Photo Credit: California DWR

NASA’s Applied Sciences Program, along with the GRACE missions project teams, are implementing a strategy that promotes applications research and engages a broad community of users in the uses of GRACE data. This activity is in response to recommendations of the National Research Council Decadal Survey report (Earth Science and Applications from Space: National Imperatives for the Next Decade and Beyond, Space Studies Board, National Academies Press, 2007). The goals of the GRACE applications program include:

  • Promote the use of GRACE products to a community of end-users and decision makers that understand GRACE and related mission capabilities and are interested in using the missions’ data products in their application
  • Facilitate feedback between GRACE user communities and the GRACE project
  • Provide information on collaborations with different types of users and communities including those of Earth and ocean research, ice and drought studies, agricultural impacts, operational applications, and others
  • Design communication strategies to target and support requirements of the user community.

GRACE Applications Areas​​



Groundwater is a useful indicator of climate variability and human impacts on the environment. Combining GRACE data with hydrologic modeling enables scientists and water managers to observe the dynamic changes in groundwater over large regions or where well data is sparse. GRACE-FO will continue to provide global measurements of the hydrological cycle, as the current GRACE mission does. These measurements provide information on seasonal and inter-annual river basin water storage changes, human influences on regional water storage changes, large-scale evapotranspiration, land-ocean mass exchange, and continental aquifer changes. GRACE data is currently being used to generate weekly drought indicators at the National Drought Mitigation Center.

Ice sheets and Glaciers


GRACE data is used extensively to determine mass changes of the World’s land ice (ice sheets, icefields, ice caps and mountain glaciers). Land ice continually receives mass as precipitation and losses mass through meltwater runoff and calving of solid ice into the ocean. If losses are greater than gains, the land ice loses mass causing sea level to rise. Over the last decade or so losses from land ice have been implicated in causing two thirds of the observed rise in sea level (Gardner et al., 2013 and Shepherd et al., 2012). Researchers seek to further scientific understanding of ice-sheet dynamics and land-ice response to changes in atmospheric conditions and how these processes influence rates of sea-revel change. GRACE data also provides information about seasonal and sub-seasonal variations in water transport between the continental land masses and oceans – of which the cryosphere is an important component that is generally not well represented in global hydrology models or global climate reanalysis.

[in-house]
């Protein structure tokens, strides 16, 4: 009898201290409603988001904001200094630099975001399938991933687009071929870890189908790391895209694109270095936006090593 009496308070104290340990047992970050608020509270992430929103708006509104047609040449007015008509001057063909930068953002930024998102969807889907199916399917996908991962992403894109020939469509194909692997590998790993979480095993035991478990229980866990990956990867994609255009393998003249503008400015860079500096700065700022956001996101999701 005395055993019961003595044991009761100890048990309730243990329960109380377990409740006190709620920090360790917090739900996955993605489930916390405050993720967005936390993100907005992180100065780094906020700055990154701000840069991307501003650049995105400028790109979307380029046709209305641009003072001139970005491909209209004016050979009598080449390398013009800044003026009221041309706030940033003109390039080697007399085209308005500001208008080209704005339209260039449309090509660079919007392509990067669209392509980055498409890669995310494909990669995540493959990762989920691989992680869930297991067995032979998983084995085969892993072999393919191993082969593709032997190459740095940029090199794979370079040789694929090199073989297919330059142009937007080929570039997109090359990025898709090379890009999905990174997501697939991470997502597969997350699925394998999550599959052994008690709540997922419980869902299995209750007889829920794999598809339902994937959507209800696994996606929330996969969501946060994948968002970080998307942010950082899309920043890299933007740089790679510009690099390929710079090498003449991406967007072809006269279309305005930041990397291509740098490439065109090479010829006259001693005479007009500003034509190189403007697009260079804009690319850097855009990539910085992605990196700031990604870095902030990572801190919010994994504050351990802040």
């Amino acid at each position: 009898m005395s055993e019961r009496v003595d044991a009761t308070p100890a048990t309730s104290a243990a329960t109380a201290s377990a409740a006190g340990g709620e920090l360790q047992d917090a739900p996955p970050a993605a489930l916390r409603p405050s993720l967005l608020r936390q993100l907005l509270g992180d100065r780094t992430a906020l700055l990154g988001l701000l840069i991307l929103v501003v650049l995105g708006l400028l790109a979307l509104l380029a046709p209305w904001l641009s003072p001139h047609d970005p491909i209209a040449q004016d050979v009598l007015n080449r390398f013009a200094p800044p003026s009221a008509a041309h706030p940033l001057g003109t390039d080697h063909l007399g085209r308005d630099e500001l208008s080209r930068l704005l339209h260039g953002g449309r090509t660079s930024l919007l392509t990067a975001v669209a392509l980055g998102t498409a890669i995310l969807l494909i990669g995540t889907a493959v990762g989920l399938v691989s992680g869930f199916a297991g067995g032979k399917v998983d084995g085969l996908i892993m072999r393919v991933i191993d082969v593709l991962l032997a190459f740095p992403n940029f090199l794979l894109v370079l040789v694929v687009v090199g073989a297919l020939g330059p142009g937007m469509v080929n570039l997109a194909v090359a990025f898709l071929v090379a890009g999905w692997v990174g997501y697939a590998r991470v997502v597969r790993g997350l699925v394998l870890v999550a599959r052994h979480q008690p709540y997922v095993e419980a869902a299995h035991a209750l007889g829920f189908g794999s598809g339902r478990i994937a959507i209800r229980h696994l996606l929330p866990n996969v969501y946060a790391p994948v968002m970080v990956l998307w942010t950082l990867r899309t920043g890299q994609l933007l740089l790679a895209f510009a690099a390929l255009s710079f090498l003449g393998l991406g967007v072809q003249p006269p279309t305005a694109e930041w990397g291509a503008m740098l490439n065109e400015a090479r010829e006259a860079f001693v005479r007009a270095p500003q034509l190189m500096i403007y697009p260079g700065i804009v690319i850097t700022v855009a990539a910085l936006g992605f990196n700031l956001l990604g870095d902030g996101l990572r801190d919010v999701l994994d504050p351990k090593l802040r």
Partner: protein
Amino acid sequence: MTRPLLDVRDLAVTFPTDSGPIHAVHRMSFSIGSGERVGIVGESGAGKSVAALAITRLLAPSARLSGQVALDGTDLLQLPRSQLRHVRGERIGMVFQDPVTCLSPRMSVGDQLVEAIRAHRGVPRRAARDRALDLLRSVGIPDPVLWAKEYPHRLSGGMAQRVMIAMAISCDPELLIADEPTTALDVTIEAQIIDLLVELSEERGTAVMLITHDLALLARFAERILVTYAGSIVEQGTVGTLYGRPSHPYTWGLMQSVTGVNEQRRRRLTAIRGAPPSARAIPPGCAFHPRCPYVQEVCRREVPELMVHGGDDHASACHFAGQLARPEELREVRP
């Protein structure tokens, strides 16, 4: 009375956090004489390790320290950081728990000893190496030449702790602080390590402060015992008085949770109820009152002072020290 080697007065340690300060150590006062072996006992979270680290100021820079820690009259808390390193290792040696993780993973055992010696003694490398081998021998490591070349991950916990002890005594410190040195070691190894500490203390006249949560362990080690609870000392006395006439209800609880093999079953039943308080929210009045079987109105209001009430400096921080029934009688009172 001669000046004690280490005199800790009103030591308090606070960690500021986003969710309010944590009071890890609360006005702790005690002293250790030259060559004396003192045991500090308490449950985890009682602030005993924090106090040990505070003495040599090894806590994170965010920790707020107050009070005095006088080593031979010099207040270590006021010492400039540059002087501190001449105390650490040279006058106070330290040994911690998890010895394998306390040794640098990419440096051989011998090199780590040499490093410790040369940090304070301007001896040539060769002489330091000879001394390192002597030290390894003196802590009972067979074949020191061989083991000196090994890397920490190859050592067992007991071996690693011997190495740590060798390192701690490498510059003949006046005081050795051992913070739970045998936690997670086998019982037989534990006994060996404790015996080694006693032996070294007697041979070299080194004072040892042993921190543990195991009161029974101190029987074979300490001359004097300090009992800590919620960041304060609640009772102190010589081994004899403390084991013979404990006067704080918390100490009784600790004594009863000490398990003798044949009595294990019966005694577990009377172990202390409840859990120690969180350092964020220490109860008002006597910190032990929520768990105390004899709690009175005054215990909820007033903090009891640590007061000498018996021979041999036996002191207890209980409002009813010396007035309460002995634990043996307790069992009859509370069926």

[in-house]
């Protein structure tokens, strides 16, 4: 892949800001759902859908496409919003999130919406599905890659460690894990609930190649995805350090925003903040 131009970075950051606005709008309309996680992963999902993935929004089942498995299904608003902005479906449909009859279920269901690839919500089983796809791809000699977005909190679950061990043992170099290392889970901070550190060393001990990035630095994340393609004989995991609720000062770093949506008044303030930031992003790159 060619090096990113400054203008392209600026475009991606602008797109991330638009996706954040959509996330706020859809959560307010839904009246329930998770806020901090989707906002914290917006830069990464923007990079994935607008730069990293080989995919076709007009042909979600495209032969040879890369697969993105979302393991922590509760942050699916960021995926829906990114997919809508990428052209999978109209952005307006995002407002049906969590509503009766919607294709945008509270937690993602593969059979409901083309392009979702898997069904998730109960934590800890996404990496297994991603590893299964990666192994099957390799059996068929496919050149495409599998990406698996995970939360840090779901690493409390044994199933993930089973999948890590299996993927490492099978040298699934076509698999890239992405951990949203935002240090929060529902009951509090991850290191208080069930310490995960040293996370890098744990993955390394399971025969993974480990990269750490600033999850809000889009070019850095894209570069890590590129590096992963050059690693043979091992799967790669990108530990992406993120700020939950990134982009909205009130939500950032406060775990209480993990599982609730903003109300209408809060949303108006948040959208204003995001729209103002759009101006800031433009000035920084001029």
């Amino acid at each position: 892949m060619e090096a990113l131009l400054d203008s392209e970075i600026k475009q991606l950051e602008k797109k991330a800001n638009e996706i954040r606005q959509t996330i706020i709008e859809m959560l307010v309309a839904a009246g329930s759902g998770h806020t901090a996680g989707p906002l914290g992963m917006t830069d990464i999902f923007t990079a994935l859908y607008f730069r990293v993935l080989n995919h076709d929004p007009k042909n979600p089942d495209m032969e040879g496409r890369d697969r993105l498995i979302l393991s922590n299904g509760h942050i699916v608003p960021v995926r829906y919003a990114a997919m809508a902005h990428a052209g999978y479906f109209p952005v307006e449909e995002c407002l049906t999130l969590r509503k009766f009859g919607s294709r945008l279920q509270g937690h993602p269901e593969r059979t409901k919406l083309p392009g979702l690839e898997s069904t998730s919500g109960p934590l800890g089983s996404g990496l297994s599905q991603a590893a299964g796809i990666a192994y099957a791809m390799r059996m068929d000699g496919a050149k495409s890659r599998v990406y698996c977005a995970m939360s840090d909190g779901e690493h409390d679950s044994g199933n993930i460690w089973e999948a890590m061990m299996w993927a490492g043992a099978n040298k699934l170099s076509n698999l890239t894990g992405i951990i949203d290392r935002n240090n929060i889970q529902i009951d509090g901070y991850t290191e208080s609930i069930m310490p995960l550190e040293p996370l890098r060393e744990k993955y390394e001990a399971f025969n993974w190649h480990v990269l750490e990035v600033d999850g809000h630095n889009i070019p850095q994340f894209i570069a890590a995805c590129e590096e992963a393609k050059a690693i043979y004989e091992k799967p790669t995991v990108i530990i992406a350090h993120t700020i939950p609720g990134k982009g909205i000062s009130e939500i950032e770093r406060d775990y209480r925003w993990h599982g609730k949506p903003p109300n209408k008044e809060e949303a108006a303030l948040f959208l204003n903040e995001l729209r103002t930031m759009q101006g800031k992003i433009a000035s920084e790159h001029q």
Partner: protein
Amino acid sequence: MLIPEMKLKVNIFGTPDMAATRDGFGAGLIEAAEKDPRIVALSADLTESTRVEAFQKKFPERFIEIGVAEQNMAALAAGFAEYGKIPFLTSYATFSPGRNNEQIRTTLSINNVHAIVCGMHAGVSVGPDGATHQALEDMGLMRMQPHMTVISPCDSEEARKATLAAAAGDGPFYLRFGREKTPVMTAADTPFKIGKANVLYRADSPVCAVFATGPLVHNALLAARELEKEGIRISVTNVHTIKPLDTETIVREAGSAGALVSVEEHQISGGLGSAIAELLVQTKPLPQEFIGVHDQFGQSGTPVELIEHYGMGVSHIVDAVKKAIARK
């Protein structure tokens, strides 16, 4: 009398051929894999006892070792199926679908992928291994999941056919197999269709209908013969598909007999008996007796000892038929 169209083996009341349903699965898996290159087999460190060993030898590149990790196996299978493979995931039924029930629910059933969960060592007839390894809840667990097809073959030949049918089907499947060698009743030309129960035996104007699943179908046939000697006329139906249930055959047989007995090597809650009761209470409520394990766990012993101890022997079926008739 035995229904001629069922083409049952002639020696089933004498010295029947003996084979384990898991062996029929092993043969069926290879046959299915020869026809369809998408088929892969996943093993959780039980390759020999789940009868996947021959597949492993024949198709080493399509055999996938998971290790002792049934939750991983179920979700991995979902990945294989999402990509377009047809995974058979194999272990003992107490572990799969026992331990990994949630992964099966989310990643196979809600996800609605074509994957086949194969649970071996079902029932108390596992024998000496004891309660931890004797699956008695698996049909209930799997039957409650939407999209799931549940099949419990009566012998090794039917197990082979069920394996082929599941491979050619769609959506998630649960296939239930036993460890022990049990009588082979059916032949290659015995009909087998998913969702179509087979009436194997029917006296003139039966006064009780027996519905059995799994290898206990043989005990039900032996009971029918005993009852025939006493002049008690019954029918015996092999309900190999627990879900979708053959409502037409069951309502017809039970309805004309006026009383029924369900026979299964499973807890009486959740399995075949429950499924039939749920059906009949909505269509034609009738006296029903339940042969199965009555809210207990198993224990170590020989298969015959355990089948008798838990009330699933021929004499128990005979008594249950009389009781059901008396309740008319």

Solid Earth

Solid Earth

An important objective of GRACE science research is to better capture gravity changes that result from changes in Earth’s mantle and lithosphere during earthquakes. Another significant application of the data is in measuring changes on land and in ocean basins due to glacial isostatic adjustment (GIA); the changes observed as regions previously covered by thick ice sheets rebound after the ice melts away. The ‘signature’ of GIA must be removed from trends in GRACE gravity data so that the data can more clearly tell the story of long-term changes in water storage.



The current and future GRACE missions will provide important information about the amount of sea level rise caused by melting ice and changes in rainfall that add water to the oceans. The GRACE missions will help distinguish these from changes caused by thermal expansion of the water, which happens as heat is added to the oceans. GRACE also reveals changes in deep ocean currents, which transport water and energy around the globe, by measuring changes in the pressure at the bottom of the ocean.

GRACE Applications Presentations

Bolten, J., et al, Looking to the Future: Forming a Comprehensive GRACE FO Applications Strategy, Presented at the 2012 GRACE Science Team Meeting, 17-19 September 2012, Potsdam, Germany. See abstract.

News -- Societal Uses of GRACE Data

Satellites Show 'Total' California Water Storage at Near-Decade Low
February 2014

Where catastrophic droughts and floods are bound to happen in the U.S. 
November 2013

Using Satellites to Understand Drought 
November 2013

Satellites Show Shrinking Aquifers in Drought-Stricken Areas 
June 2013

Applications-Relevant Publications

Estimating the human contribution to groundwater depletion in the Middle East, from GRACE data, land surface models, and well observations
March 2014 -- Accepted

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